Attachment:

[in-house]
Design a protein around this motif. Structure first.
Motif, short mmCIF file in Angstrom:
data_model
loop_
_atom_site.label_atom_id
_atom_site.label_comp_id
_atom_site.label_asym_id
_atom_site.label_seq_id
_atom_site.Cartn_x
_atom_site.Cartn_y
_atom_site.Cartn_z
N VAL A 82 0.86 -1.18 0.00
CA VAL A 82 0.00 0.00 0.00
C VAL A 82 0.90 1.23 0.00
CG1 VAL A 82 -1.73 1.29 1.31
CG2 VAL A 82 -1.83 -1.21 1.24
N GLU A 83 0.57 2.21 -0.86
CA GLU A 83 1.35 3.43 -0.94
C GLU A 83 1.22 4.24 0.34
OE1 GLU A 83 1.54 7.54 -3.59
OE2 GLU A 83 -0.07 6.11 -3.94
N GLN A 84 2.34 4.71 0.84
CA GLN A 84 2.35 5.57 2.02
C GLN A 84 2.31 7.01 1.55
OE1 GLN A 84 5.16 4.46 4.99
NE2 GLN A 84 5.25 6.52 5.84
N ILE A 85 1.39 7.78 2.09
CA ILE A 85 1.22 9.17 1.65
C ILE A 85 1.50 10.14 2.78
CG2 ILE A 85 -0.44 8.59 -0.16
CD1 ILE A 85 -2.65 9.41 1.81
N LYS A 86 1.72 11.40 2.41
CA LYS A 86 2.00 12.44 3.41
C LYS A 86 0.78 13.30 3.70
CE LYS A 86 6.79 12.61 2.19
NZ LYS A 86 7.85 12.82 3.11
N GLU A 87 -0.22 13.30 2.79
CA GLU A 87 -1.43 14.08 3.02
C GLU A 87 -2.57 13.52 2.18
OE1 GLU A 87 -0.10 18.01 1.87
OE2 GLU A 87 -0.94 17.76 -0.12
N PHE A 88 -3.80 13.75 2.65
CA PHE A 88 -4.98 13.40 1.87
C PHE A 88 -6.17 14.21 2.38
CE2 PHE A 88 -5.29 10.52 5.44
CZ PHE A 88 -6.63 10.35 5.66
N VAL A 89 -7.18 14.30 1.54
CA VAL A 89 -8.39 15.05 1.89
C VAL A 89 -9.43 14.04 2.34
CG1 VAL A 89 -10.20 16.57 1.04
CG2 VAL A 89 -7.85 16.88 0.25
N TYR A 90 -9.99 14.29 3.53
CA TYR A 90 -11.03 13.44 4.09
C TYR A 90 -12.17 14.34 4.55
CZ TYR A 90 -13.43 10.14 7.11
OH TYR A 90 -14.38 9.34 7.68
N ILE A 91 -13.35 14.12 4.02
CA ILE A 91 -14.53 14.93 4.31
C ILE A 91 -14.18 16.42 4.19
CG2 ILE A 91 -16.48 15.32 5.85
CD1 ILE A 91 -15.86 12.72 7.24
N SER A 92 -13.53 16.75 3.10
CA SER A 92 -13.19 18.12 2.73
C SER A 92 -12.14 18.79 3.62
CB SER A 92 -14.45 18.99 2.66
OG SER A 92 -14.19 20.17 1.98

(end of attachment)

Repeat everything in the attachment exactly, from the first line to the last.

[in-house]
Design a protein around this motif. Structure first.
Motif, short mmCIF file in Angstrom:
data_model
loop_
_atom_site.label_atom_id
_atom_site.label_comp_id
_atom_site.label_asym_id
_atom_site.label_seq_id
_atom_site.Cartn_x
_atom_site.Cartn_y
_atom_site.Cartn_z
N VAL A 82 0.86 -1.18 0.00
CA VAL A 82 0.00 0.00 0.00
C VAL A 82 0.90 1.23 0.00
CG1 VAL A 82 -1.73 1.29 1.31
CG2 VAL A 82 -1.83 -1.21 1.24
N GLU A 83 0.57 2.21 -0.86
CA GLU A 83 1.35 3.43 -0.94
C GLU A 83 1.22 4.24 0.34
OE1 GLU A 83 1.54 7.54 -3.59
OE2 GLU A 83 -0.07 6.11 -3.94
N GLN A 84 2.34 4.71 0.84
CA GLN A 84 2.35 5.57 2.02
C GLN A 84 2.31 7.01 1.55
OE1 GLN A 84 5.16 4.46 4.99
NE2 GLN A 84 5.25 6.52 5.84
N ILE A 85 1.39 7.78 2.09
CA ILE A 85 1.22 9.17 1.65
C ILE A 85 1.50 10.14 2.78
CG2 ILE A 85 -0.44 8.59 -0.16
CD1 ILE A 85 -2.65 9.41 1.81
N LYS A 86 1.72 11.40 2.41
CA LYS A 86 2.00 12.44 3.41
C LYS A 86 0.78 13.30 3.70
CE LYS A 86 6.79 12.61 2.19
NZ LYS A 86 7.85 12.82 3.11
N GLU A 87 -0.22 13.30 2.79
CA GLU A 87 -1.43 14.08 3.02
C GLU A 87 -2.57 13.52 2.18
OE1 GLU A 87 -0.10 18.01 1.87
OE2 GLU A 87 -0.94 17.76 -0.12
N PHE A 88 -3.80 13.75 2.65
CA PHE A 88 -4.98 13.40 1.87
C PHE A 88 -6.17 14.21 2.38
CE2 PHE A 88 -5.29 10.52 5.44
CZ PHE A 88 -6.63 10.35 5.66
N VAL A 89 -7.18 14.30 1.54
CA VAL A 89 -8.39 15.05 1.89
C VAL A 89 -9.43 14.04 2.34
CG1 VAL A 89 -10.20 16.57 1.04
CG2 VAL A 89 -7.85 16.88 0.25
N TYR A 90 -9.99 14.29 3.53
CA TYR A 90 -11.03 13.44 4.09
C TYR A 90 -12.17 14.34 4.55
CZ TYR A 90 -13.43 10.14 7.11
OH TYR A 90 -14.38 9.34 7.68
N ILE A 91 -13.35 14.12 4.02
CA ILE A 91 -14.53 14.93 4.31
C ILE A 91 -14.18 16.42 4.19
CG2 ILE A 91 -16.48 15.32 5.85
CD1 ILE A 91 -15.86 12.72 7.24
N SER A 92 -13.53 16.75 3.10
CA SER A 92 -13.19 18.12 2.73
C SER A 92 -12.14 18.79 3.62
CB SER A 92 -14.45 18.99 2.66
OG SER A 92 -14.19 20.17 1.98